Your marketing strategy has to start earlier in the customer awareness spectrum. If your ad runs to a landing page where you offer a juicy story/novella, then the ad should be about that story, not the novels you’re selling on Amazon. And the copy on the landing page should be about that story/novella too.

    It’s too early to try and get people to buy. Some will, of course. But most won’t.

    As for your landing page, traditionally they don’t have navigation menus because those tempt people to click away from the page. And when it comes to the email sign-up form for the freebie – have as few fields as possible. In fact, at the most, you should only have first name and email address.

    Because the more information you ask someone for, the less likely they’ll sign up.

    Once they’ve signed up you then send them the freebie (known as a lead magnet). Owing to regulations on privacy and email marketing, you should have a double opt-in too. If you are using email marketing, you should definitely familiarise yourself with the rules.

    Your email newsletter as a sales funnel

    They have now entered your email funnel. So, what do you do now?

    Here’s what you don’t do: bombard them with emails saying ‘Buy my book’. That’s guaranteed to get people to unsubscribe. (Especially since your emails should make it easy to unsubscribe because of email marketing rules!)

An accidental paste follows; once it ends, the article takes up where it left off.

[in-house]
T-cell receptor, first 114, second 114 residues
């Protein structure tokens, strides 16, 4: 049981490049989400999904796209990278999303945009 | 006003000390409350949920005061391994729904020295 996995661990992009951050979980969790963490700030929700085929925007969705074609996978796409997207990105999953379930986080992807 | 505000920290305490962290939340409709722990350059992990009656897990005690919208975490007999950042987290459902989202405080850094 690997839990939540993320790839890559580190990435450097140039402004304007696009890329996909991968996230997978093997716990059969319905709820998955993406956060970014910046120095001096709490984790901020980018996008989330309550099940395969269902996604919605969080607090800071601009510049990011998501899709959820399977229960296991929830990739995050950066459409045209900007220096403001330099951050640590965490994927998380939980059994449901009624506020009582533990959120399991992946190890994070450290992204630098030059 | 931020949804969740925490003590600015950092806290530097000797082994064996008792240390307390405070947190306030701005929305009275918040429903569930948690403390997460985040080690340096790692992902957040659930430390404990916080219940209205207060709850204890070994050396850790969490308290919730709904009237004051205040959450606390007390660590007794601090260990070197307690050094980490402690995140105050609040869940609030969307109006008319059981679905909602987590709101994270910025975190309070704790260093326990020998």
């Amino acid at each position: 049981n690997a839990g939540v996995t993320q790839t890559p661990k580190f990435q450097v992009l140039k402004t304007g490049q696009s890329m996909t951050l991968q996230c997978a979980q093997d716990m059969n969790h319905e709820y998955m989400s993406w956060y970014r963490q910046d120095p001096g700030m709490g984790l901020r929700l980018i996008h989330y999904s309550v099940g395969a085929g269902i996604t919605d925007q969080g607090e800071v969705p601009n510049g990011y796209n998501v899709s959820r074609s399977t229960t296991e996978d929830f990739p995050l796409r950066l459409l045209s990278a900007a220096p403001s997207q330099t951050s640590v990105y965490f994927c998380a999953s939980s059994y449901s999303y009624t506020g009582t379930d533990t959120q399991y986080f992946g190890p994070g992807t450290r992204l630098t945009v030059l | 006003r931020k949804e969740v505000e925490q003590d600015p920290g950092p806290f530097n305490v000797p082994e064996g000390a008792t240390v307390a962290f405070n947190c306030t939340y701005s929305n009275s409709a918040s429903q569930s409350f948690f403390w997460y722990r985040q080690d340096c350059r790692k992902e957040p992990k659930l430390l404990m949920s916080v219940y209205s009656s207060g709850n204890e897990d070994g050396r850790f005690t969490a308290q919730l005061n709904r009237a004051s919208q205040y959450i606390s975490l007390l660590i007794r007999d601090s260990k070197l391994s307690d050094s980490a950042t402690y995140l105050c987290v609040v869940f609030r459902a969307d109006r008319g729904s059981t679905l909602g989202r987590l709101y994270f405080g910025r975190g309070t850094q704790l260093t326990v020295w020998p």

When people first sign up to a lead magnet (your freebie), that’s often when they’re most interested. If you’re good at writing emails, you can also build interest over time. But because other people are also sending them emails, you need to make sure yours stand out.

    Here are things to aim for:

    • Use a ‘from name’ they’re likely to remember
    • Write an automated onboarding sequence of emails for new readers to your newsletter. It should introduce you and show the value of being on your newsletter list
    • This onboarding sequence can be nothing more than a few emails before the recipient starts to get your normal newsletters
    • Email marketing is still the strongest form of marketing and because it happens out of sight, that fact often goes unnoticed

    Email marketing is a big subject in itself.

    The most important point about your email marketing here is that it should take up where your FB/IG ad and lead magnet left off. With your emails, you can establish a relationship with readers. This is something you can build on for current and future book releases.

    Voice of customer and review mining

    When you’ve made your decision about where and when you’re going to market your book, you still have to think about the wording of your marketing campaigns, including your Facebook ads. What language should you use to appeal to possible buyers?

    This is where voice of customer (VOC) data and review mining come in.